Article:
By Lubna Hamdan
Prominent voices in the world of hashtags and filters join the Arabian Business StartUp Academy to share lessons they have learned, and continue to learn, about making the best of social media when setting up, sustaining and growing a small business in the Middle East
As with any industry, social media boasts platforms aimed at various audiences with different wants and needs. Twitter users join the most relevant conversations while Instagrammers compete for the best visual content.
Those on LinkedIn look for professional opportunities whereas Facebook users connect with far away friends and family. But if you’re setting up, sustaining or growing a business, how do you know which platform to use? What should be your social media strategy? Should you have one to begin with?
And if you’re a complete beginner, what do you do with all these social tools?
A panel at the Arabian Business Start Up Academy answers these questions and more with industry experts including Benjamin Ampen, managing director at Twitter MENA and Pakistan, Kamel Al Asmar, director of community and data at Wamda and founder of Nakhwah, Ghassan Talhouk, head of LinkedIn talent solutions in the UAE and Marwan Al Awadhi aka DJ Bliss, artist, social media influencer and founder of Bliss Inc. Entertainment in Dubai.
Benjamin Ampen: Running a small business goes beyond marketing. So when it comes to a multifaceted platform like Twitter, it can help you with marketing, but because it’s an open and public platform – probably the only one out there today – it can also help you get to know your audience. And by audience, I don’t mean just your customers, but also the people who influence your customers.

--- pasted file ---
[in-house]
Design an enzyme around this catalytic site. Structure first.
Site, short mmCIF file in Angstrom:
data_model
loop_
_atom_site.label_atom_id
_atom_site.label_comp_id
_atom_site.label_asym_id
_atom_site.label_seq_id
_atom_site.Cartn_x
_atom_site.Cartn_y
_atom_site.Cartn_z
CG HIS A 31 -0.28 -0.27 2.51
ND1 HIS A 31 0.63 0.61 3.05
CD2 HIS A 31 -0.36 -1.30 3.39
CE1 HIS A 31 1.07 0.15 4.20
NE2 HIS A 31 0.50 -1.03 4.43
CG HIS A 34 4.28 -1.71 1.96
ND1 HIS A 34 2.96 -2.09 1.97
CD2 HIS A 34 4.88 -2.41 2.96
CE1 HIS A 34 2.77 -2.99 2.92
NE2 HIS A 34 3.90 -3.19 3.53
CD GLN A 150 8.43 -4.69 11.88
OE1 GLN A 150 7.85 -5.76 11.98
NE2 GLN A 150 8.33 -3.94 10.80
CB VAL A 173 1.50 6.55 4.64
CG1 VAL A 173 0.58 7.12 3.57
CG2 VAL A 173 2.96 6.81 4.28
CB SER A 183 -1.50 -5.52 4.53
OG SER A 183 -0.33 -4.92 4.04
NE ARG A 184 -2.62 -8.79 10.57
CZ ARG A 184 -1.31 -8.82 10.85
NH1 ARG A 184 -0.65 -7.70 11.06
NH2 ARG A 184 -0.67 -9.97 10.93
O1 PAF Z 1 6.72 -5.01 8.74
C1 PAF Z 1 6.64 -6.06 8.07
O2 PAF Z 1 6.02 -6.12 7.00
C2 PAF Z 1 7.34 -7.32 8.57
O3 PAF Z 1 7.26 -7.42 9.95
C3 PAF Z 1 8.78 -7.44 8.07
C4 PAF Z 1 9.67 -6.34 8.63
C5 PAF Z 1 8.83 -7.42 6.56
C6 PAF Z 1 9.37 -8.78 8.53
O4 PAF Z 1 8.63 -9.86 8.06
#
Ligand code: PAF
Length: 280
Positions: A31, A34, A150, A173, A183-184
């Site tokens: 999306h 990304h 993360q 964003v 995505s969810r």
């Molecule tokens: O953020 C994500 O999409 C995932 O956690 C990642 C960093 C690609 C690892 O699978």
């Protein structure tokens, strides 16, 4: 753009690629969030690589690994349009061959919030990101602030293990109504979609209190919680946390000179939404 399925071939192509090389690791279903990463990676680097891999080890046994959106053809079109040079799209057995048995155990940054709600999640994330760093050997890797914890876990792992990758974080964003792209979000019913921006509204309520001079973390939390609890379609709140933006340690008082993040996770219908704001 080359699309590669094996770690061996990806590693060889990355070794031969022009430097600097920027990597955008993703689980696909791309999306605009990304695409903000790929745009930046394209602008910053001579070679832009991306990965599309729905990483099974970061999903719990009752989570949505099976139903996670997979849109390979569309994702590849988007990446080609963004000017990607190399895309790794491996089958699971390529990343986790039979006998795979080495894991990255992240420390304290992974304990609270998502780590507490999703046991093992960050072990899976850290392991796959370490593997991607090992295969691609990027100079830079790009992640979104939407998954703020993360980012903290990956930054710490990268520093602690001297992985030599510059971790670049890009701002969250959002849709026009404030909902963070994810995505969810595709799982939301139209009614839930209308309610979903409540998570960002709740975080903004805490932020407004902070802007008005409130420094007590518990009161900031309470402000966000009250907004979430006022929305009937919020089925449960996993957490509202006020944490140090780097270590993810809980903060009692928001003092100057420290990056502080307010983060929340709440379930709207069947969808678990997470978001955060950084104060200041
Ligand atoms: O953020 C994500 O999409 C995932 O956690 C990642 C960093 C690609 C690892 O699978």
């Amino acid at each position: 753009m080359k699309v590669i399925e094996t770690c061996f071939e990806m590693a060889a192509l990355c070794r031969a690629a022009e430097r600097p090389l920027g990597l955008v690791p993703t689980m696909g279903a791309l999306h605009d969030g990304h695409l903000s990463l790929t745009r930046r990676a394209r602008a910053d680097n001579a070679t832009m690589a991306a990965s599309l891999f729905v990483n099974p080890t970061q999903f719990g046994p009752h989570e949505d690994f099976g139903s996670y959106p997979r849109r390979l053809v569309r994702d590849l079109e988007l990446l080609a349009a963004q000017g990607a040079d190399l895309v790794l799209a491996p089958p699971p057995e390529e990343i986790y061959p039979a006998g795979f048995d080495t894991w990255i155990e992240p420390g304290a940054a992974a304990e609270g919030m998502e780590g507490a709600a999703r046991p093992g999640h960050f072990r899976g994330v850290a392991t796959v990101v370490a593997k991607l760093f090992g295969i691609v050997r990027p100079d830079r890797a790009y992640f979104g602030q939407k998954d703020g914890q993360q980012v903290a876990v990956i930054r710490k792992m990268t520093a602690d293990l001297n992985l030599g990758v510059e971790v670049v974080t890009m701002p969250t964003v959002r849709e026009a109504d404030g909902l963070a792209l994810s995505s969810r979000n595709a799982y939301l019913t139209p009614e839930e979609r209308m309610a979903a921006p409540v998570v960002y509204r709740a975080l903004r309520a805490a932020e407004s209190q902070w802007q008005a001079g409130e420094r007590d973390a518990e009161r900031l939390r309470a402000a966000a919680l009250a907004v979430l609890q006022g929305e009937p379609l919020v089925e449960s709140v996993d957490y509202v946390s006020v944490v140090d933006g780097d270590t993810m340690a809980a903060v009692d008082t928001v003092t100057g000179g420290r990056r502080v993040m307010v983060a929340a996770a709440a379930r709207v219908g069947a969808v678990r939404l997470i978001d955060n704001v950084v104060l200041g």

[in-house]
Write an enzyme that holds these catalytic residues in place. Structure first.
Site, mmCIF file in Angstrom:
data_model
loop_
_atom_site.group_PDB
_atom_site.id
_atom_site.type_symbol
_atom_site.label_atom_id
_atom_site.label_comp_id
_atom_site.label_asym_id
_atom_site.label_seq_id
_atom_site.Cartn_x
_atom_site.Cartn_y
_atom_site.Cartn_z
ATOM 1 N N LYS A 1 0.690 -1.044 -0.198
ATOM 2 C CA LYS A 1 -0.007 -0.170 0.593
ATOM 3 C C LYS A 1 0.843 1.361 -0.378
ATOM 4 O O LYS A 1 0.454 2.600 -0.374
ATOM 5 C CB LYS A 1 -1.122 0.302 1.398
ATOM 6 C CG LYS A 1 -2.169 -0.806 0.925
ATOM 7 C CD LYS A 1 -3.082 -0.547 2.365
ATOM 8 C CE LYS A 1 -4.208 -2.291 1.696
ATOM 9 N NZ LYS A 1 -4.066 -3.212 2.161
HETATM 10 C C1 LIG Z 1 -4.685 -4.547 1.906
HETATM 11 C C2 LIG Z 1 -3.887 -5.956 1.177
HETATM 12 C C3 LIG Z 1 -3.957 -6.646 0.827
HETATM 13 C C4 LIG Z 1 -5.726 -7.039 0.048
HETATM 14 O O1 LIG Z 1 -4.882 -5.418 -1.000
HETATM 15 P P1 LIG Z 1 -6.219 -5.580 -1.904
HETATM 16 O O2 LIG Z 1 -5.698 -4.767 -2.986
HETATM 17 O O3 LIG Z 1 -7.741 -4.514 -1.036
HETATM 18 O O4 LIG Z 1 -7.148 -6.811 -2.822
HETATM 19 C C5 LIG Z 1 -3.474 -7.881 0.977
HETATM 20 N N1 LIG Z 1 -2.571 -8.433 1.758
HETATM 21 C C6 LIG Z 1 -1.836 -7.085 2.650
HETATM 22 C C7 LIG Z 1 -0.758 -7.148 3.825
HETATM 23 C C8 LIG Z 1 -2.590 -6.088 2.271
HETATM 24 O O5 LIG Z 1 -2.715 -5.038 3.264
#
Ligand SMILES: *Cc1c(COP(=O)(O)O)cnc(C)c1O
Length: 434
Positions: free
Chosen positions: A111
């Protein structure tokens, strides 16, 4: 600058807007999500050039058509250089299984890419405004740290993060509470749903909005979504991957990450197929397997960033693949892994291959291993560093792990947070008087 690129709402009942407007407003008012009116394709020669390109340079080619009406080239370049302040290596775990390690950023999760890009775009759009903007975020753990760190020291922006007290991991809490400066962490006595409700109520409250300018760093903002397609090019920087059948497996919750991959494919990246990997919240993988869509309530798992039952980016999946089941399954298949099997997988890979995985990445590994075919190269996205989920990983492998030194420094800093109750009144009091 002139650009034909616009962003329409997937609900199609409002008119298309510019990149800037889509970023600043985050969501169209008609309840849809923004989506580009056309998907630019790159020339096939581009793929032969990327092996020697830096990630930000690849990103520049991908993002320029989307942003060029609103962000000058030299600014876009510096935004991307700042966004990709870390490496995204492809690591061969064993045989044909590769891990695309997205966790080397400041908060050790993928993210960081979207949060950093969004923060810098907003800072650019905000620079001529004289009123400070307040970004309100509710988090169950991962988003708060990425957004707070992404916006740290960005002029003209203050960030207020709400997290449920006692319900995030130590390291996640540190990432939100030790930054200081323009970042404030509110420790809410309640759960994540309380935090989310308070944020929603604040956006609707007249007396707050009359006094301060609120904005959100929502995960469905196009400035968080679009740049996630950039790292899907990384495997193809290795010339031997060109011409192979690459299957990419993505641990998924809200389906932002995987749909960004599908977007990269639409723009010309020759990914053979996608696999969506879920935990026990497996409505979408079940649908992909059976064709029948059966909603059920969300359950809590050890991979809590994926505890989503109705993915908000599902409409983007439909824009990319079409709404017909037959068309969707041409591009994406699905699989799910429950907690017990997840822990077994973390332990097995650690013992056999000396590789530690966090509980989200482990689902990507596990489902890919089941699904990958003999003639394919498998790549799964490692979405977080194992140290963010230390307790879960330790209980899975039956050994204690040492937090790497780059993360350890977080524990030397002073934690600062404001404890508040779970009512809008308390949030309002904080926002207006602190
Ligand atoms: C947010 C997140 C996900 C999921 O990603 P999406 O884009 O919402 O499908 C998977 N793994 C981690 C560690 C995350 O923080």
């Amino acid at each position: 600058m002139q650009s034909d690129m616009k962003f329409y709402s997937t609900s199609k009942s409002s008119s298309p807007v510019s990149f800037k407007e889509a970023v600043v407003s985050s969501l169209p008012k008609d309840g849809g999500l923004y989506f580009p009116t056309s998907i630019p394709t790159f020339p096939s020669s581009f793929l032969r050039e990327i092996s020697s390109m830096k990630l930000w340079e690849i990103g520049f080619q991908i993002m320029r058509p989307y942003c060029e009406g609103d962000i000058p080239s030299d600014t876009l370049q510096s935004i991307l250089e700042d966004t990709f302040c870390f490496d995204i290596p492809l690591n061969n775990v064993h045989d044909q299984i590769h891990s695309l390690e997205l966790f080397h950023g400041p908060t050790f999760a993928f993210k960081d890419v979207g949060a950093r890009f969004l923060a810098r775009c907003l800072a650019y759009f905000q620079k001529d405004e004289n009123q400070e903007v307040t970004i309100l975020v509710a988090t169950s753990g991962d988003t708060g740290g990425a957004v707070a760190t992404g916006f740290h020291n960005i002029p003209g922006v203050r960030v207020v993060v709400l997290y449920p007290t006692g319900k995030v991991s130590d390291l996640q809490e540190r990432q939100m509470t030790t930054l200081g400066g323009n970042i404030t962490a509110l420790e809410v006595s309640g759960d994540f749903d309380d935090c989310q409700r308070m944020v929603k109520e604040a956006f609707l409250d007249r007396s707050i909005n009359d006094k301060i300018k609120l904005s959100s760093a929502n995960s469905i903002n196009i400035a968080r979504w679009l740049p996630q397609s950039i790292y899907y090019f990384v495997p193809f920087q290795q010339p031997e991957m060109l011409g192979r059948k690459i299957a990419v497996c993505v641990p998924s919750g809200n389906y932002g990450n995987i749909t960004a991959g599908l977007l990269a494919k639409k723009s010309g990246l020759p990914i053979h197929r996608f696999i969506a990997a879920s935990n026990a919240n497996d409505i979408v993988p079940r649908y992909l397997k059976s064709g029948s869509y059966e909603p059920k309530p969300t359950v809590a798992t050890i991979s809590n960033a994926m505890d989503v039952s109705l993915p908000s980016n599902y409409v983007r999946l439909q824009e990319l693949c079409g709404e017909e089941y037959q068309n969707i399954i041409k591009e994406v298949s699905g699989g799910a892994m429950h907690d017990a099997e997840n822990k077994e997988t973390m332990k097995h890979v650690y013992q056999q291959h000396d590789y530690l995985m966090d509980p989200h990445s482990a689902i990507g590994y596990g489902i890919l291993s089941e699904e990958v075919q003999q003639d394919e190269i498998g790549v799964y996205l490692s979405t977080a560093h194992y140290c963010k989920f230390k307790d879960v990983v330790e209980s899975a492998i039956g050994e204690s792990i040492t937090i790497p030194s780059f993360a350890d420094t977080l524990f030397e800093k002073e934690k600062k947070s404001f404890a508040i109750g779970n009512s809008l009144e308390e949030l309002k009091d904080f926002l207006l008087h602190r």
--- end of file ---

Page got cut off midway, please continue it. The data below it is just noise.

That’s important because when you think of a platform like Twitter, it is where you have the most receptive audience such as micro influencers or trendsetters, who will potentially push your brand messages to your audience. When it comes to small businesses, I would say Twitter is the perfect place to simply listen.
If you’re in F&B or entertainment, every day you have millions of conversations about your business. Once you’ve listened to that, take a look at the platform’s tools and how you can use them for your business. And in the case of small businesses, it is for jumping into relevant conversations and constantly connecting with your audiences in that way.
Kamel Al Asmar: Our volunteering and development network Nakhwah became one of Jordan’s top 22 NGOs because it was on social media, despite being a one-employee NGO. What worked well for us was identifying the right channels to use for the type of work we do.
Our audience on Twitter was corporates and more serious entities, while on Facebook it was the more casual youth who we were targeting for our platform. Instagram, on the other hand, is what I call ‘the happy place’ where you have to be very casual and target your audience with cool visuals.
The same applies to Wamda, because we almost have the same set of audiences; corporates, government, entrepreneurs and the general mass.